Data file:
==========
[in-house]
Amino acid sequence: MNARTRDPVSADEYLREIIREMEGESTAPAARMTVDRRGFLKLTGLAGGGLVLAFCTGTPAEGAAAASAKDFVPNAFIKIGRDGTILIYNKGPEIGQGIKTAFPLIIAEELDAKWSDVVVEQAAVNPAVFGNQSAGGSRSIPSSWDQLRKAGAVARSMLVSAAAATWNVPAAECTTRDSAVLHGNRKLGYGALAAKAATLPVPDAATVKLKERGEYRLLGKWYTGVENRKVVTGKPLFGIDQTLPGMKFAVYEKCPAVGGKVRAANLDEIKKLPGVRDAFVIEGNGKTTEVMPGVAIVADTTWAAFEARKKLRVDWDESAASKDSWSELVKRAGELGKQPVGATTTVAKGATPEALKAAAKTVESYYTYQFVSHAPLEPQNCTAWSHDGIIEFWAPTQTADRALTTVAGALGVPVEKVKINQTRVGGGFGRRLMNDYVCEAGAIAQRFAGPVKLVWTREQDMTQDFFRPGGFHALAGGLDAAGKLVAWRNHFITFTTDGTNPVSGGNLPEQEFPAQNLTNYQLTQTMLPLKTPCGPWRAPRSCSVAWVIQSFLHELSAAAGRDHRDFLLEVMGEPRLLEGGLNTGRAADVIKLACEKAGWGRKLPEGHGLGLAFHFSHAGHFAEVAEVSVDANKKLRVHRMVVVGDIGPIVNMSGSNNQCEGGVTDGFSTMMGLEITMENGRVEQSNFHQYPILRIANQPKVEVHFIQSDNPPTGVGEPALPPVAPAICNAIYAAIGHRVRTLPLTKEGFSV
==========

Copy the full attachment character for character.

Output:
[in-house]
Amino acid sequence: MNARTRDPVSADEYLREIIREMEGESTAPAARMTVDRRGFLKLTGLAGGGLVLAFCTGTPAEGAAAASAKDFVPNAFIKIGRDGTILIYNKGPEIGQGIKTAFPLIIAEELDAKWSDVVVEQAAVNPAVFGNQSAGGSRSIPSSWDQLRKAGAVARSMLVSAAAATWNVPAAECTTRDSAVLHGNRKLGYGALAAKAATLPVPDAATVKLKERGEYRLLGKWYTGVENRKVVTGKPLFGIDQTLPGMKFAVYEKCPAVGGKVRAANLDEIKKLPGVRDAFVIEGNGKTTEVMPGVAIVADTTWAAFEARKKLRVDWDESAASKDSWSELVKRAGELGKQPVGATTTVAKGATPEALKAAAKTVESYYTYQFVSHAPLEPQNCTAWSHDGIIEFWAPTQTADRALTTVAGALGVPVEKVKINQTRVGGGFGRRLMNDYVCEAGAIAQRFAGPVKLVWTREQDMTQDFFRPGGFHALAGGLDAAGKLVAWRNHFITFTTDGTNPVSGGNLPEQEFPAQNLTNYQLTQTMLPLKTPCGPWRAPRSCSVAWVIQSFLHELSAAAGRDHRDFLLEVMGEPRLLEGGLNTGRAADVIKLACEKAGWGRKLPEGHGLGLAFHFSHAGHFAEVAEVSVDANKKLRVHRMVVVGDIGPIVNMSGSNNQCEGGVTDGFSTMMGLEITMENGRVEQSNFHQYPILRIANQPKVEVHFIQSDNPPTGVGEPALPPVAPAICNAIYAAIGHRVRTLPLTKEGFSV